Google's Nexus 4
Google (NASDAQ:GOOG) just released its latest in-house Nexus branded smartphone and if you read the various reviews of this device over at The Verge, All Things D, VentureBeat, etc. you'd likely come away rather underwhelmed.
Mind you, most of these reviews are on the whole rather positive about the Nexus 4's hardware and Android 4.2 (Jelly Bean) software. But many of the reviewers couldn't see their way past the Nexus 4's lack of LTE 4G data speeds.
For example, here's the conclusion of a Nexus 4 review by The Verge's Josh Topolsky, arguably gadgetdom's #1 geek:
The Nexus 4 is absolutely wonderful, but it's also vexing. Frustrating. Annoying. It's easily the best Android phone on the market right now, and has some of the most powerful software that's ever been put on a mobile phone. It's an upgrade from last year's Galaxy Nexus in every way. It's terrific - save for one small thing.
In the US, a flagship phone without LTE is like a muscle car with no wheels. For other networks in other countries, and for the lucky T-Mobile customers out there that are getting great speeds on its HSPA+ network - great. No problem. Go get this phone. But for others - many others - it's hard to imagine buying this device when you know it's a generation behind in terms of network technology.
For a phone and an OS built for the cloud, I think it's unacceptable to not offer a version that takes advantage of our fastest mobile networks.
That's a pretty damning indictment from the former Editor-in-Chief of Engadget, and not exactly the kind of endorsement one would be looking for if you're interested in making the case, as I will be in this article, that Google's latest offering represents a very real threat to Apple's (NASDAQ:AAPL) iPhone business.
No-LTE Is Not The Big Nexus 4 Story
Gadget gurus like Josh are primarily based in metropolitan areas like New York and the San Francisco Bay Area, and these are markets where LTE is already well established. As you can tell from his conclusion, it absolutely chafes a bleeding edge guy like Josh to see Google's flagship smartphone lacking the latest and greatest in high speed data capability. This omission is made all the more frustrating as the Nexus 4 is launching on the heels of the new LTE-equipped iPhone 5.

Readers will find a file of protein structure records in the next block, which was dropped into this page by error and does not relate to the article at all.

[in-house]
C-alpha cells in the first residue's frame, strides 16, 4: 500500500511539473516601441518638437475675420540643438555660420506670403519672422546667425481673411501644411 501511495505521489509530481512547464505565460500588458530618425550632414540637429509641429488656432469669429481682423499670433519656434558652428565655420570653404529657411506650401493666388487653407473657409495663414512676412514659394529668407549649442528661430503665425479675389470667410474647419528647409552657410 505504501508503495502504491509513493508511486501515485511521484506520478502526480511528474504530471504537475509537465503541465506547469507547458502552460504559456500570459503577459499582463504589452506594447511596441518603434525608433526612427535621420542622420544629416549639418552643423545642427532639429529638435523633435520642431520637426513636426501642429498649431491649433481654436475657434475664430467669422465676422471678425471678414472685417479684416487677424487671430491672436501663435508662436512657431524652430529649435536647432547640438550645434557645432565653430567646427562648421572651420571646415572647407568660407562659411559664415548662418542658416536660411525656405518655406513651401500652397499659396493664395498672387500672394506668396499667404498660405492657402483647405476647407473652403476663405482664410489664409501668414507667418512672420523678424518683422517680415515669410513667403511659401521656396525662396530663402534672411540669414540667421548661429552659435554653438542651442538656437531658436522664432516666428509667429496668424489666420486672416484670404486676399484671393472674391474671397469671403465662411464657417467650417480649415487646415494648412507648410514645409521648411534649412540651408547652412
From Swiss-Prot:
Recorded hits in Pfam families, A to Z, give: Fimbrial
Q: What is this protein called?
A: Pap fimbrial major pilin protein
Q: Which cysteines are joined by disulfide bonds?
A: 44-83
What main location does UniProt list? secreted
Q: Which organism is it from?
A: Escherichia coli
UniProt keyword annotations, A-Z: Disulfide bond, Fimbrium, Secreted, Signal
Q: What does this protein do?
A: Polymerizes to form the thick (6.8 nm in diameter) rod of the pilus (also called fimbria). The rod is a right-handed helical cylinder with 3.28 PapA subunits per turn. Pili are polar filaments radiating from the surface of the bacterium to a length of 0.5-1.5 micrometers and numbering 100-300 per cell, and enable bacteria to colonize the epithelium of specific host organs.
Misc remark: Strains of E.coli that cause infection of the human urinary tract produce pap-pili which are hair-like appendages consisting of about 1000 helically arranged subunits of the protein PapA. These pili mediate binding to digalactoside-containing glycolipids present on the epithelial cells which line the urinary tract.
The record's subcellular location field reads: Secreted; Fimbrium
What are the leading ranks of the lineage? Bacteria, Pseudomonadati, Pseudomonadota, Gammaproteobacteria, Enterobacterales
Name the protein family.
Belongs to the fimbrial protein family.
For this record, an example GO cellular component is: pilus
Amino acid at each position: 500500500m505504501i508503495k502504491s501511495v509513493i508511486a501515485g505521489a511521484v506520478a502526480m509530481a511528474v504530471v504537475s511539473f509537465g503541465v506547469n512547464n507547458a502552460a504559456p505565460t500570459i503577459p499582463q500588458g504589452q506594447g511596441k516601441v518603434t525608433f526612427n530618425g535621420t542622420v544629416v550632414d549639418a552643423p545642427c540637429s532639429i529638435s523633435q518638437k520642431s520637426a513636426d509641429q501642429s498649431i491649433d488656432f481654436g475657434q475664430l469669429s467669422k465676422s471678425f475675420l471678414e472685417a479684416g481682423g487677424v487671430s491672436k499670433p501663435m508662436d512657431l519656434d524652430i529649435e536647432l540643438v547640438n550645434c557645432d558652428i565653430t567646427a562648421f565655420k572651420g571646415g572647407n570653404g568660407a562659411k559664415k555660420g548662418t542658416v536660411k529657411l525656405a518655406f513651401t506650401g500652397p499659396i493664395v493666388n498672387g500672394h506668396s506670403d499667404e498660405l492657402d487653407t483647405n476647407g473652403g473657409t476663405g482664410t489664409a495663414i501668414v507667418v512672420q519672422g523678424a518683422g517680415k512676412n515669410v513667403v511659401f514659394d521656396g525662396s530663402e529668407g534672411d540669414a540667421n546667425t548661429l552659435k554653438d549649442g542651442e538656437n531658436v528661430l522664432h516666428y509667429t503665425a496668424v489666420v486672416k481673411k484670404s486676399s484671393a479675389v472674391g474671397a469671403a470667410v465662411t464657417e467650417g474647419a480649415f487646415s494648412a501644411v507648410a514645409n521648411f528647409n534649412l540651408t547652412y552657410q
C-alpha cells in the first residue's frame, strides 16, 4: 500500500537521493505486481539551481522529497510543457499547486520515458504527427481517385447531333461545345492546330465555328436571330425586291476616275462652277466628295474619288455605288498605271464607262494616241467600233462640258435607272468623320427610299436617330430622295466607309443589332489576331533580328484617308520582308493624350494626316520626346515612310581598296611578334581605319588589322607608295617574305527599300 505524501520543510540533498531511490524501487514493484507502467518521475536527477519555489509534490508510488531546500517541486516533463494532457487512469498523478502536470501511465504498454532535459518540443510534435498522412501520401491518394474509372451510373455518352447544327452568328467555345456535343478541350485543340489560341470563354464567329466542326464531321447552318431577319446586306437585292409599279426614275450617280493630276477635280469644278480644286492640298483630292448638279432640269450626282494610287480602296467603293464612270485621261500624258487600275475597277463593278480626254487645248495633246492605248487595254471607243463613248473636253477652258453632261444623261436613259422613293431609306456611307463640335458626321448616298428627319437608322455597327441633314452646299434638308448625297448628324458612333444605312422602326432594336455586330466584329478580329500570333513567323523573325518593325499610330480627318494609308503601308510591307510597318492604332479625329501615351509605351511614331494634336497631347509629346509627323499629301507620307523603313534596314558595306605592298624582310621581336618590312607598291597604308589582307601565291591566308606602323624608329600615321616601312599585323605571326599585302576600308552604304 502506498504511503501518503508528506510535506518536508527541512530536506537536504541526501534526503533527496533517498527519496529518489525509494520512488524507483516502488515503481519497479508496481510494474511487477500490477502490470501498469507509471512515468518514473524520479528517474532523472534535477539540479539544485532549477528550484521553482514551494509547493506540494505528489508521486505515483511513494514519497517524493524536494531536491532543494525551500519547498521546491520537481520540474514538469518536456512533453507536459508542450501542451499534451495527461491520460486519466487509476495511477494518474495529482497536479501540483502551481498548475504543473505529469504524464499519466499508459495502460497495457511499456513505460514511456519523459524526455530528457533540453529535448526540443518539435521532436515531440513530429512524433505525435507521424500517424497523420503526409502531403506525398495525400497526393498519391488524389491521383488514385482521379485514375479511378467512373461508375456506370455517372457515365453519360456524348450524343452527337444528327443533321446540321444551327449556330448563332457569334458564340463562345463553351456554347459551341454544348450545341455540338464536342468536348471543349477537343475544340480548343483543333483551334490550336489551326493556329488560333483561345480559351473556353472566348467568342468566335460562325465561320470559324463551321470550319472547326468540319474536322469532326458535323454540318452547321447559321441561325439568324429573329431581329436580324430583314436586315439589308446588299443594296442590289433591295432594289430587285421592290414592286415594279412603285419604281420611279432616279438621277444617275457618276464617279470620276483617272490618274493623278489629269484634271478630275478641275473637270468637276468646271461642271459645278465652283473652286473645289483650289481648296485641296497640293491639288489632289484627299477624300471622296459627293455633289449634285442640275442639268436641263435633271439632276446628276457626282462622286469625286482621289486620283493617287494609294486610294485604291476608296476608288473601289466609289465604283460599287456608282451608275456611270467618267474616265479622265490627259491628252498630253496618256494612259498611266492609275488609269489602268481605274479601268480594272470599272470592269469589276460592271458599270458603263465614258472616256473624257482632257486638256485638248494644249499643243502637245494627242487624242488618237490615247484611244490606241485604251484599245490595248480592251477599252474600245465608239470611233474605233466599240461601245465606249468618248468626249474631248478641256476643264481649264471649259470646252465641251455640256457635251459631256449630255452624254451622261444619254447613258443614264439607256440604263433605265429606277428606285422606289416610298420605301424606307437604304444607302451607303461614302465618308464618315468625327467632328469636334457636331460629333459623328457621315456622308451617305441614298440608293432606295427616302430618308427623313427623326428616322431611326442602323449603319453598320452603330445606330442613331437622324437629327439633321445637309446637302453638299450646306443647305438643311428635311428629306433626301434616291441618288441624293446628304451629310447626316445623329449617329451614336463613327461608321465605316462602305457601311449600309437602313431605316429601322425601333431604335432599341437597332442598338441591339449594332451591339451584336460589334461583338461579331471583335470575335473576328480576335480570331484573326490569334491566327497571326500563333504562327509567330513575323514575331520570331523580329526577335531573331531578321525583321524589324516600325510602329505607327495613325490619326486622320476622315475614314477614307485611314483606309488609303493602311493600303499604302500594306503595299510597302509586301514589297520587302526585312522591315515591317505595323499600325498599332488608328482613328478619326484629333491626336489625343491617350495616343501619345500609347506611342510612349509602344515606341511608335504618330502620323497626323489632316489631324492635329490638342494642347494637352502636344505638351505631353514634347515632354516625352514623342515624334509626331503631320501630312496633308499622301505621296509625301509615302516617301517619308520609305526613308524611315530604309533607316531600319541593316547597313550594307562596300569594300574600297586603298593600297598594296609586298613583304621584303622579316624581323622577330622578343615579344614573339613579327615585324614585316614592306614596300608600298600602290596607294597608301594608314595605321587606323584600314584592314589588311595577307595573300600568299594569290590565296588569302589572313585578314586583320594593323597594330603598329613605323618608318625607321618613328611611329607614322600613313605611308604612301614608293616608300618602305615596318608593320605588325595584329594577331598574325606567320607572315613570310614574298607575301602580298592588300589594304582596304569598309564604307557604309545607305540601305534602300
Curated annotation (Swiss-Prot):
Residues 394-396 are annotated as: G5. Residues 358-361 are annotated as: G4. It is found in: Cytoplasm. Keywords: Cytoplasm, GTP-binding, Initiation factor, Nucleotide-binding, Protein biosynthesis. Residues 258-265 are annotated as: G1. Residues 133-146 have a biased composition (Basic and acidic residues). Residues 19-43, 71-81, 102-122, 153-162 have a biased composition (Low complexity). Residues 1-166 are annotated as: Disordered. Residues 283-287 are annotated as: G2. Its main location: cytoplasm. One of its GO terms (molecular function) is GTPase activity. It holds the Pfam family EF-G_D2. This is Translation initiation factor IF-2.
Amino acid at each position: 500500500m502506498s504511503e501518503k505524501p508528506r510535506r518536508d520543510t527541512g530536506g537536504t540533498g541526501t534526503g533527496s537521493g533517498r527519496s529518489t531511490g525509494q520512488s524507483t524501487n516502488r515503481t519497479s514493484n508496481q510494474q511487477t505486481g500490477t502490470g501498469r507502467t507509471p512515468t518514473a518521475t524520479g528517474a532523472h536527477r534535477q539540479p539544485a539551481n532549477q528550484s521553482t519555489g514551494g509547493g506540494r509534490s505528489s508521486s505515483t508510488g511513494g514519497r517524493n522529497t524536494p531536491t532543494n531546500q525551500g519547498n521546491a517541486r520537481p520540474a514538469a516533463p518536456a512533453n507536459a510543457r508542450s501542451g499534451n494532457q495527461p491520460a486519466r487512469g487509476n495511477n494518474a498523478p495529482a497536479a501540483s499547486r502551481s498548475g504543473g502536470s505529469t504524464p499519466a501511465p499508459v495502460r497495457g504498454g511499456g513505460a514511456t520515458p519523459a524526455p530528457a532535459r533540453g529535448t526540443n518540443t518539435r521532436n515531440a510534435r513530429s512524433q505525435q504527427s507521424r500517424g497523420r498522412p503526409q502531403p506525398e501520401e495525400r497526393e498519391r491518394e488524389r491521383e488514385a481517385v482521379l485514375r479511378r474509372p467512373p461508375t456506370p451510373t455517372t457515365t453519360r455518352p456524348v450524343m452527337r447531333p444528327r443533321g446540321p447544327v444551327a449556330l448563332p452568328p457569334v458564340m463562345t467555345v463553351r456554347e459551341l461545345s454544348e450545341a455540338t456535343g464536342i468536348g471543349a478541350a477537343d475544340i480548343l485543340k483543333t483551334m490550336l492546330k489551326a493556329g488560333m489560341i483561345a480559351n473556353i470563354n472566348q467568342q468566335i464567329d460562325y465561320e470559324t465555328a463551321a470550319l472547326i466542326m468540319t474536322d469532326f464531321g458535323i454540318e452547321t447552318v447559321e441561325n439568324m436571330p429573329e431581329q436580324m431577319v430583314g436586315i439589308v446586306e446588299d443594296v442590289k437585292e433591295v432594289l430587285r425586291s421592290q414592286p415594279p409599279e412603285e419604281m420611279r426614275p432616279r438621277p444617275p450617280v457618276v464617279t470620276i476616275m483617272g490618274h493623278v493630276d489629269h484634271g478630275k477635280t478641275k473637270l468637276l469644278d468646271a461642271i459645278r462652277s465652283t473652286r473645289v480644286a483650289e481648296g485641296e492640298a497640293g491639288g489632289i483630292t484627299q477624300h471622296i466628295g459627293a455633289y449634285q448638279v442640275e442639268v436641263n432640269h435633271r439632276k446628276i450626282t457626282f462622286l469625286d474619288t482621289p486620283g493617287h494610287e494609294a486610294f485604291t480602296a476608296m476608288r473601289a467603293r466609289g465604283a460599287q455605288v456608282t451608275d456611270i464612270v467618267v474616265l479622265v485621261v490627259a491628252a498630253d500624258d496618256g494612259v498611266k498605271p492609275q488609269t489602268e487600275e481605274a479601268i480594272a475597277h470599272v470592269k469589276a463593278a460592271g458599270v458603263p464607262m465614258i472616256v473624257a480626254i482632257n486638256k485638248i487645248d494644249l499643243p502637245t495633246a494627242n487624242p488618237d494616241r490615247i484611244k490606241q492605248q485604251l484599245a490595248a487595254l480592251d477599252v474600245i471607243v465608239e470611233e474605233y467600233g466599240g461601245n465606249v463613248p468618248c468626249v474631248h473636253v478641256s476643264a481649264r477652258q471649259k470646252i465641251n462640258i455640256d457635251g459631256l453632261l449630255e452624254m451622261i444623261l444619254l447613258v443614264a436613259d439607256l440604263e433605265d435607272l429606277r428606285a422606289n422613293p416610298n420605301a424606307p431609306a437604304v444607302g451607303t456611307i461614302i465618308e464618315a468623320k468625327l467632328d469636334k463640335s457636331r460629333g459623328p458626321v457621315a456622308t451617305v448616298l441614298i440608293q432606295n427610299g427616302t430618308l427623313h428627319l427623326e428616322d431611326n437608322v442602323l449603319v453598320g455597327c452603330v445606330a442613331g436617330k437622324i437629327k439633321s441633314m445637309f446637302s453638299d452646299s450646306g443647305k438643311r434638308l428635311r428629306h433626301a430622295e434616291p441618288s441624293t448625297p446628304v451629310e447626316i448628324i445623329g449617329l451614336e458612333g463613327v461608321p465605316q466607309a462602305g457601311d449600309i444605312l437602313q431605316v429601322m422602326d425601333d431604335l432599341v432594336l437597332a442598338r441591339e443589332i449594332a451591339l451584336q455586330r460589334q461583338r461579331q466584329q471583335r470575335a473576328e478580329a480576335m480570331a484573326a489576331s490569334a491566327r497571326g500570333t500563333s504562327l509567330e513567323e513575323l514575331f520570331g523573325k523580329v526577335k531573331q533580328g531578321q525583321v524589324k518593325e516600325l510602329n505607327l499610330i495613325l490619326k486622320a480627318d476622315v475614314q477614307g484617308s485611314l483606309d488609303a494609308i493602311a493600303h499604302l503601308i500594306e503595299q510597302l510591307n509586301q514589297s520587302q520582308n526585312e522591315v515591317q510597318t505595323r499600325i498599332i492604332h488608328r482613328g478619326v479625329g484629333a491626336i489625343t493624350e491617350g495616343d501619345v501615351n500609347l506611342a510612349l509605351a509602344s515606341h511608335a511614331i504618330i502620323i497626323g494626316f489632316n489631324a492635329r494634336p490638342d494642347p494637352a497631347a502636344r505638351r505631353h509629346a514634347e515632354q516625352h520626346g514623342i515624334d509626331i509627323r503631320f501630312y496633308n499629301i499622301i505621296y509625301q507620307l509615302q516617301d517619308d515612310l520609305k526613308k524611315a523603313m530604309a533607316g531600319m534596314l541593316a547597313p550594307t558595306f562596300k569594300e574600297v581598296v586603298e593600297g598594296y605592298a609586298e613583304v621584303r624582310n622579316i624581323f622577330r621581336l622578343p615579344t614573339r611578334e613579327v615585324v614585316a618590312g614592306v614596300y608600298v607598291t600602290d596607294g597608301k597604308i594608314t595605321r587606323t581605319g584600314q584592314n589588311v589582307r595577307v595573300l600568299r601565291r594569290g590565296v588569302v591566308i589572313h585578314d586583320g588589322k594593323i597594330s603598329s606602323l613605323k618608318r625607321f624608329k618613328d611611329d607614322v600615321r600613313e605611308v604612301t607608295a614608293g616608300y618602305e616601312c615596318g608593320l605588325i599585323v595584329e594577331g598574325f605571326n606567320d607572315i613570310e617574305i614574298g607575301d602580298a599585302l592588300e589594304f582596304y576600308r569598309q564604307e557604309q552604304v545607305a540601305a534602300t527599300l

But here's the thing: while the vast majority of U.S. tech reviewers happen to live in San Francisco and New York only a small fraction of the world's smartphone consuming population lives in these two cities. In fact most of the rest of the world doesn't have LTE (yet).
In other words, the obsession with LTE by gadget geeks is more reflective of their own personal disappointment than any shortcoming in Google's product feature strategy. (For why Google deliberately omitted LTE read this.)
In short, Josh and his fellow gadgeteers are not seeing the forest through the LTE tree. The Nexus 4, inspite of its lack of LTE, is the biggest smartphone game changer to come along in a long time.
Why The Nexus 4 Matters to Apple Investors
Unplugged: The Nexus 4 on its wireless charging orb
I've been using the Nexus 4 for the past week now and if you're an iPhone user who has been thinking about making the switch to Android I can recommend the Nexus 4 without hesitation.
The Nexus 4 is every bit the top of the line smartphone that someone who is used to an iPhone would expect. In Josh's words the Nexus 4 has "the most advanced mobile operating system on the market". Android has come a long way. It's now smooth, intuitive and dependable, and not anything like the rickety Android you may have experienced in years past.
The Nexus 4's hardware build quality is excellent and it offers a number of innovative features, like wireless charging. The screen is on par with the iPhone 5's superb retina display (not surprising since they're both made by LG).
Crucially, the Nexus 4 also offers nearly all the same apps you can get with an the iPhone. Apple may still maintain a slight app ecosystem lead (e.g., iOS's CNBC app is much, much better than Android's) but this is likely to change in the not too distant future (more on this below).
Still, the Nexus 4 being simply as good or even somewhat better than the iPhone 5 is not reason enough to make you want to switch. To get an iPhone user to make the jump the Nexus 4 has to offer something very special. It does.